David Brooks and other elite pundits routinely complain about Twitter not being real life unlike their cocktail parties. I would suggest Twitter is more reasonable than the op-ed page of the NYT. Tom Friedman is on both platforms, but his grossness is only challenged on one.

          Reply
          1. John Wright

            I remember some years ago when a NY Times “Trusted Commenter” (one who is not moderated by the Times comment censors/moderators) posted a comment in response to a Tom Friedman editorial.

            The essence of the comment was that many other journalists could do what Tom Friedman does and for a lot less money.

            The comment appeared on the NY Times website, was recommended by readers enough to be a Readers’ Pick and then mysteriously disappeared.

            I was able to determine the email address of the commenter and emailed them.

            They identified as a journalist for a small local paper in the New York area.

            They did not believe (or want to believe?) their comment was intentionally deleted by the Times and attributed the deletion to a glitch at the Times.

            This was evidence to me that Times comments to Tom Friedman columns are actively managed to avoid criticizing the Great Bloviator.

            Many Times readers may be skeptical of Tom Friedman’s wisdom, but one will never glean that from the Times readers’ comments to his columns.

            Reply
    2. Wyoming

      It’s worse than that. The psychopaths skew strongly to the most powerful jobs. Approximately 1/5 of CEO’s are psychopaths. Military leaders and senior politicians? …I would hate to even guess.

      Reply
      1. Jackson

        I’d go 45-50% as I’ve dealt with corporate senior management who have been cast out of the nest and resurrected their careers.

        Reply
    3. Tony Wright

      Which population are you describing Tom? The Houthis?the Iranians?the Middle East? Americans? Or the whole World?
      Sadly, probably all of the above judging by recent events (and non-events like effective climate change mitigation policy).

      Reply
  3. The Rev Kev

    I wonder how many people have heard of the “Ledeen Doctrine” which stated “Every ten years or so, the United States needs to pick up some small crappy little country and throw it against the wall, just to show the world we mean business.” Michael Ledeen said that back in the 1990s but how times have changed. Whether we recognize it or not, that attack on the oil refineries has changed modern warfare.
    PlutoniumKun has laid out the case how it was really the Houthis who carried out this spectacular success which cannot be faulted. In spite of the fact that Saudi Arabia had 88 Patriot missile batteries, US PAC-2 air defense systems, French Shahine SAMs, anti-aircraft gun 35mm cannons, etc. that attack got through. OK, perhaps the radar systems were shut off because as Colonel Pat Lang explains (and who was once stationed in Saudi Arabia)-

    “Never underestimate the feckless laziness of the Saudis. In my experience they turn off all ATC and air defense systems that require manning or watch keeping when they find them inconvenient as on the weekend.” And this attack did occur on a weekend there.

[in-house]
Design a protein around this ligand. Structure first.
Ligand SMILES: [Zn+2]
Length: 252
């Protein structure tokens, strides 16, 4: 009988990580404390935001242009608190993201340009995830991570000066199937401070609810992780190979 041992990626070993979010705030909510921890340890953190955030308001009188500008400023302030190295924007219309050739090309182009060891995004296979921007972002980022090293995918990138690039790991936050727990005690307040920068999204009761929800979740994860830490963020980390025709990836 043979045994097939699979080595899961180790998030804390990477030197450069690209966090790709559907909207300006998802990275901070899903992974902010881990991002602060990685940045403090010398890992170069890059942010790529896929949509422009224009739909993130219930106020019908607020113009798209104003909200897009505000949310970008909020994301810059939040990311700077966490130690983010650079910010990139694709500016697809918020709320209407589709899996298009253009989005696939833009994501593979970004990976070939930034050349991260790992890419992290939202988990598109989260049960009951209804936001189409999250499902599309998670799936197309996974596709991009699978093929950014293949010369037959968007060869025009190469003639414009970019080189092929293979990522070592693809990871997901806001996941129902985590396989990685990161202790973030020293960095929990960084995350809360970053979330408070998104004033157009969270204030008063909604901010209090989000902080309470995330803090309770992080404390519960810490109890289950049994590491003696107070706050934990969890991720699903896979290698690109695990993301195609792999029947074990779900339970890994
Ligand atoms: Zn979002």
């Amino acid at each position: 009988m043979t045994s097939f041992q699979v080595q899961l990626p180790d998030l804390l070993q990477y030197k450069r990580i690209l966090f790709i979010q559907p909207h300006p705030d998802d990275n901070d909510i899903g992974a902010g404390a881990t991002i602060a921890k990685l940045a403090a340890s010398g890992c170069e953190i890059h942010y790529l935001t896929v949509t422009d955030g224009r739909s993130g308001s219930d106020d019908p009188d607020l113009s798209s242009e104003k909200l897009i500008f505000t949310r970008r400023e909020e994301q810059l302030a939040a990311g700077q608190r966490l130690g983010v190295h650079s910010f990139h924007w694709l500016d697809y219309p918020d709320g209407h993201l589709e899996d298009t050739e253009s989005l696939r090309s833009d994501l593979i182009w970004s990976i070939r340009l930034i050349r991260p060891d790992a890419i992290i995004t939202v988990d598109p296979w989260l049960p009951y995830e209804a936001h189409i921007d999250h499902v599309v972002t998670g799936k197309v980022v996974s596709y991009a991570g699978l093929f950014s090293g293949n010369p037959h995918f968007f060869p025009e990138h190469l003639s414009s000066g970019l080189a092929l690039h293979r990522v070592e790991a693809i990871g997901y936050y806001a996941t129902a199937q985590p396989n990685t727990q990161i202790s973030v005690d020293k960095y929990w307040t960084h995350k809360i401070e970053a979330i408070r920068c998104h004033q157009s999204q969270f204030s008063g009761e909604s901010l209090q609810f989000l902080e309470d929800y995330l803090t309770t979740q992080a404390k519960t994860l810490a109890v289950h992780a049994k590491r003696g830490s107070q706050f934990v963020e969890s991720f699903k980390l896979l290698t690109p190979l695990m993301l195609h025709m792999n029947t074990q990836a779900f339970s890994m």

So here is the thing. If this was the Houthis that carried out this attack, then what would Iran itself be capable of doing? They have a huge missile program capable of taking out anything in its sights. If a general war broke out, you would see the oil production in Iran, Saudi Arabia, the UAE, etc drop off the edge of the planet for a very long time and you could kiss the world economy goodbye as well as this would trigger an economic catastrophe. Just as bad, American bases would find themselves under attack and depending on Patriot batteries and the like to defend themselves with. There would be American casualties of the like not seen since the Vietnam war. And who would benefit from such a war? This won’t be like Iraq in the 90s where aircraft could just fly in, bomb whatever they felt like, and then fly away.
    Another factor is that both China and Russia are simply not going to let Iran be destroyed as they have too much investment there. They are liable to fly in equipment and ‘technical’ experts first. If Trump was led to believe that two years ago when he pulled out of the treaty that they would cry uncle after a year or so, then he must realize by now that he was poorly advised. If he plans on being President for another five years, then the ball is in his court as what to do. Time to negotiate.

    Reply
    1. Colonel Smithers

      Thank you, Rev.

      If anything, Pat Lang was soft on these layabouts.

      After retiring from the RAF soon after the first gulf war, after 25 years’ service, my father worked in KSA for over 20 years from late 1992 onwards. He was among many British, American and Australian former servicemen recruited for a variety of roles. That community, many of whom knew each other from their military careers, joked that the Saudi national anthem was “onward Christian soldiers”.

      Many servicemen, initially and mainly officers, were sent for training in the UK and US from the Gulf Cooperation Council member states. Reports soon came back from outraged instructors, often former colleagues, about how bad many, but not all, of the trainees were. It got a bit better as the years went by. GCC trainees were unfavourably compared to Egyptian and Jordanian trainees. Many GCC trainees failed to turn up, especially for physical exercise or more technical matters. They were either excused or their absences ignored. As late as the early years of this decade, this fecklessness persisted. As Marianne decided to suck up to the GCC, its military academies and other training centres also came across these workshy scoundrels, especially royals.

      When my father queried this state of affairs, one response was that “the book” had predicted their defeat by Israel, so there was no point trying or worrying.